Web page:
• Horizontal alignment
      • Vertical alignment
      • Operating speeds
      JPL Morgan Associates
      • Gautrain Rapid Rail Link
        • - standalone rail network.
        • - dedicated fleet of rolling stock.
        • - Passenger interchange (networkability) with SA Rail Commuter
        • system via platforms.
        • - Networkability afforded by rail found to be no special advantage, in fact a disadvantage.
      JPL Morgan Associates
    • ECONOMICS & GLOBALISATION
      • The “Killer Applications”
      • Command economies
      • Globalisation of the rail industry
      • Railway research and development
      JPL Morgan Associates
    • ECONOMICS AND GLOBALISATION (contd) The “Killer Applications”
      • Where Railways can and do successfully compete with other modes
      JPL Morgan Associates
    • THE “KILLER APPLICATIONS” Fundamentals of railway competitiveness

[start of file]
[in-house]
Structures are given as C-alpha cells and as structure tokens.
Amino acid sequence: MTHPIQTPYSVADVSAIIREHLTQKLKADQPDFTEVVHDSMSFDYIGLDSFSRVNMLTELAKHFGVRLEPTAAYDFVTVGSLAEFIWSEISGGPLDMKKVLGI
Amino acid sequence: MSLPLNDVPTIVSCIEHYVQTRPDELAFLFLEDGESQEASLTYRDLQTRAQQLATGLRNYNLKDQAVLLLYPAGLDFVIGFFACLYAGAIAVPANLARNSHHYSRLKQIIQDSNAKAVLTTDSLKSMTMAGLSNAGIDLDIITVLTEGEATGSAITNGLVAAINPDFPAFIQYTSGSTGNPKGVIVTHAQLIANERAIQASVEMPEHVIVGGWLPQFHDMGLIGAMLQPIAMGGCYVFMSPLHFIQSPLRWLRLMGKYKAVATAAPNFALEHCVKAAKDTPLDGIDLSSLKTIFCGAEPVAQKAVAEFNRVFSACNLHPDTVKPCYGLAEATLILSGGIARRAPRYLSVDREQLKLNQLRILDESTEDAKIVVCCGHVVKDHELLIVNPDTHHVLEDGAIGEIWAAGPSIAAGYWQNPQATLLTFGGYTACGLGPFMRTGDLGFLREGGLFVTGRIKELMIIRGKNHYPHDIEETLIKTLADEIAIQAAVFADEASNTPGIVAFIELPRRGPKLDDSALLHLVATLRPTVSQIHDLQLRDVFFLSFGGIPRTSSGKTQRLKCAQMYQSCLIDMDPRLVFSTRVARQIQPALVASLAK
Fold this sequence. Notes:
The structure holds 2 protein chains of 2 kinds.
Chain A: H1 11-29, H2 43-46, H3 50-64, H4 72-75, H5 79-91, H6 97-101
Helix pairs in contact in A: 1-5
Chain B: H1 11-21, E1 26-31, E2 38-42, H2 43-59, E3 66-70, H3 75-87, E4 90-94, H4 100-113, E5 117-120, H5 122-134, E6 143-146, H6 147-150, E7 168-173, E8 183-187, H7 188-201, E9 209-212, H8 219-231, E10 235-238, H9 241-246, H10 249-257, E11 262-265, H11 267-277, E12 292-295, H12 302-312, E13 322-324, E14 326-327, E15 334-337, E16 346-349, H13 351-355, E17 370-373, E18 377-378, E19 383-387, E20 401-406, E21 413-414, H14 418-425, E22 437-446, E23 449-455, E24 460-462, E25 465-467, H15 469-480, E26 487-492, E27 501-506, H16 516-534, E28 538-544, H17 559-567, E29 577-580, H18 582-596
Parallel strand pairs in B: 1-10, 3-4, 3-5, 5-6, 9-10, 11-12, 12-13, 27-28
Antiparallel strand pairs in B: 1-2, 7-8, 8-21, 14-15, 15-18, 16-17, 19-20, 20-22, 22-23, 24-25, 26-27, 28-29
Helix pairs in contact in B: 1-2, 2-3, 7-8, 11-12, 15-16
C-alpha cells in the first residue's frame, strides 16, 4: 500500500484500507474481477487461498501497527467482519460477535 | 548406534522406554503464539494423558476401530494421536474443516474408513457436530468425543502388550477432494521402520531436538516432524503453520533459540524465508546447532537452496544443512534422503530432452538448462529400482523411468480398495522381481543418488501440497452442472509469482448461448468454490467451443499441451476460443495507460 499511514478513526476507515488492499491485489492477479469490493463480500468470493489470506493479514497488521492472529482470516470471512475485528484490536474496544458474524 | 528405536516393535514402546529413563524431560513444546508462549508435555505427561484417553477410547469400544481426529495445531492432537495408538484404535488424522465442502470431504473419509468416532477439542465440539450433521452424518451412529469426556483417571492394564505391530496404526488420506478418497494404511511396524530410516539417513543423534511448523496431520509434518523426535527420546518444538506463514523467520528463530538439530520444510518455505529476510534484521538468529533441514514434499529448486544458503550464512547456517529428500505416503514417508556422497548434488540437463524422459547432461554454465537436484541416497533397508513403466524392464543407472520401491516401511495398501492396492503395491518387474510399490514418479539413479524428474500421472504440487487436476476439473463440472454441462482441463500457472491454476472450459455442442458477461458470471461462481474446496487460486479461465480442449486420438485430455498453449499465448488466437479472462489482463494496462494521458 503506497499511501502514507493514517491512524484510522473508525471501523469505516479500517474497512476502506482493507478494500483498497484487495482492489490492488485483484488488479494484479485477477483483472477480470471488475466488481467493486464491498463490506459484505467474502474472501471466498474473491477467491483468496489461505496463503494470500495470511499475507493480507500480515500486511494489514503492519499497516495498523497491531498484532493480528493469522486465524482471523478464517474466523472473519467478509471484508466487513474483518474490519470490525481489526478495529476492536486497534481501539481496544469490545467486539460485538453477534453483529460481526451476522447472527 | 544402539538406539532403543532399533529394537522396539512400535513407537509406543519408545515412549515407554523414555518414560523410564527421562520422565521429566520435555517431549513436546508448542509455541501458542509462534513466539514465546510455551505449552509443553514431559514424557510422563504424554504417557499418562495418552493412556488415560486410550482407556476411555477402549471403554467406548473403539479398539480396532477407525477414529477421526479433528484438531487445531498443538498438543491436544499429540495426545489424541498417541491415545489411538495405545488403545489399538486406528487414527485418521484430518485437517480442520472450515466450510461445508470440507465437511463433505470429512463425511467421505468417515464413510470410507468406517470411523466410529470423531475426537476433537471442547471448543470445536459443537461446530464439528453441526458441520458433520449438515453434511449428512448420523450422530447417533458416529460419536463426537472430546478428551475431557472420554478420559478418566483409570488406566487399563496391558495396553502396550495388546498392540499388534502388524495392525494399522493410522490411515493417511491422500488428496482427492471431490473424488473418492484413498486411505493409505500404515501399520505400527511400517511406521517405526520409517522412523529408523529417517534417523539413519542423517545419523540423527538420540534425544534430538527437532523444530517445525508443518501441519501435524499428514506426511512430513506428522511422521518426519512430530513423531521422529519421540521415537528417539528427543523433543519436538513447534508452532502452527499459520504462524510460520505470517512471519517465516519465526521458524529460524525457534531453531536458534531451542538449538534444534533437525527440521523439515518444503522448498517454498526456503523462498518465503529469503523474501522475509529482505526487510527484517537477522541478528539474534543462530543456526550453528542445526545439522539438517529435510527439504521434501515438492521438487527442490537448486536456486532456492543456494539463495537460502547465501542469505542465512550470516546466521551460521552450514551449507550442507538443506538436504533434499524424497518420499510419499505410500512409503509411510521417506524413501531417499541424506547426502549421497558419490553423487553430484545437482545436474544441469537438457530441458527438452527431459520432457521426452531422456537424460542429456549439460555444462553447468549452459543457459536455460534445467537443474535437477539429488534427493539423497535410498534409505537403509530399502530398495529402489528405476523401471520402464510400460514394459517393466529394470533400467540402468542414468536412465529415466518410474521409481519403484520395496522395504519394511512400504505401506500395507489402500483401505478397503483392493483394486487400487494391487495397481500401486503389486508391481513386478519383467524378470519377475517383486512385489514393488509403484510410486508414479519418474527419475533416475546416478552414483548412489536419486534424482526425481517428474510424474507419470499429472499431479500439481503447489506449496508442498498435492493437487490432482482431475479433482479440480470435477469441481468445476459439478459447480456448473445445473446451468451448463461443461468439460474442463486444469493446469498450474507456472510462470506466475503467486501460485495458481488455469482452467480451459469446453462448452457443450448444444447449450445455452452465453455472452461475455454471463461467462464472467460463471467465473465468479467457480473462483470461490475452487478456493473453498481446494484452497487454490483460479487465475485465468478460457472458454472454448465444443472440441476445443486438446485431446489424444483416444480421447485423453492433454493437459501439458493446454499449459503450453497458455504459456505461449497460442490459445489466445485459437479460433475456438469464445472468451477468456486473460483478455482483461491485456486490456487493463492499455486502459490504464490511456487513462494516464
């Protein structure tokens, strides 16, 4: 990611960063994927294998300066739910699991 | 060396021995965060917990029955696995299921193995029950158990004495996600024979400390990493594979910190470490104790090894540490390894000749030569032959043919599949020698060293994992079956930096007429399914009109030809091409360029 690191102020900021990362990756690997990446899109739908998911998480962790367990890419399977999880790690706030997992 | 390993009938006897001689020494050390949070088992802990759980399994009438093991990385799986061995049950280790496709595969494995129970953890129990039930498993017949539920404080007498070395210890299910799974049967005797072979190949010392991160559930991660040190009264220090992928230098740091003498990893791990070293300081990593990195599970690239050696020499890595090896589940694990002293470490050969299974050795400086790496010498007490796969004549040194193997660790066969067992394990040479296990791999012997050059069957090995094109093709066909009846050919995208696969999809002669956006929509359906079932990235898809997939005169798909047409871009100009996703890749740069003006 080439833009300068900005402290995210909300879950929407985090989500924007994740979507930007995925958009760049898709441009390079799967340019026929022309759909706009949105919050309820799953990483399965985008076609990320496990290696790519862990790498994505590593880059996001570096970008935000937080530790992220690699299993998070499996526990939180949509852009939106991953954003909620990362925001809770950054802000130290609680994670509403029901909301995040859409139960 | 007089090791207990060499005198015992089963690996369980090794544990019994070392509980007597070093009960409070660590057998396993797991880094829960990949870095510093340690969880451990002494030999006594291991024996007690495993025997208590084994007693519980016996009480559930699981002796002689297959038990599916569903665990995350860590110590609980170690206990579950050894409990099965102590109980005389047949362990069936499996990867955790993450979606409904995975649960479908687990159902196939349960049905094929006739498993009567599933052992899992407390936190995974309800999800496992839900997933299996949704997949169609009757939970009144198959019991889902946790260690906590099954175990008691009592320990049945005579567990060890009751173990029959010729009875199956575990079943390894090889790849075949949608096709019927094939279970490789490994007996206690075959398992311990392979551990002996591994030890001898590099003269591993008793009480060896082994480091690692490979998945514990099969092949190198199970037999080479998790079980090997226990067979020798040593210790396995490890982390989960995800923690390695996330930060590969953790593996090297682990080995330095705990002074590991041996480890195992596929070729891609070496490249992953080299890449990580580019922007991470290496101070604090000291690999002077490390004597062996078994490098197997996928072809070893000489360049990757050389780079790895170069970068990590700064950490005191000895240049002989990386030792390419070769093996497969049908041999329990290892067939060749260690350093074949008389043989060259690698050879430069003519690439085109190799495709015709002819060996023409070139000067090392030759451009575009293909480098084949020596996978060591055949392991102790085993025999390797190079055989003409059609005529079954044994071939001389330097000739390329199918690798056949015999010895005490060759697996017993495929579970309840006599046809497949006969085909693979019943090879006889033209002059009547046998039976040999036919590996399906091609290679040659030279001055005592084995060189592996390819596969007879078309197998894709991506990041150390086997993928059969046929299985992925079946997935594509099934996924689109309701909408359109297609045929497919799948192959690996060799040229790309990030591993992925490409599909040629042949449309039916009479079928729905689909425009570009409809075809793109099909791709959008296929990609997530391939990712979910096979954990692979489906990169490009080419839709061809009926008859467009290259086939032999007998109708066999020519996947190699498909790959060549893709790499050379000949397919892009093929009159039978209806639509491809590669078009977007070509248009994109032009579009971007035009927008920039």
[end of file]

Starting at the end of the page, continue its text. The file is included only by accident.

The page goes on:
• Railway genetic technologies (Dr D vd Meulen)
      • Naturally competitive applications
      • Potentially weak applications
      • Urban rail – other attributes (3 rd Genetic Technology)
      JPL Morgan Associates
    • ECONOMICS AND GLOBALISATION (contd) Command economies
      • Russia
      • South Africa of the 70’s
      JPL Morgan Associates
    • ECONOMICS AND GLOBALISATION (contd) Globalisation of the rail industry
      • Standard gauge the dominant gauge
        • Broad-based competence
        • Economy of scale
        • A vibrant market
        • Extensive networkability
      • Gautrain
      • Sao Paolo line 4
      JPL Morgan Associates
      • Gautrain Rapid Rail Link
      • Standard gauge allows :
        • - “off the shelf” tried and tested rolling stock.
        • - safer, higher operating speeds.
        • - Greater tolerance of track imperfections.
        • - Less risk for concessionaire .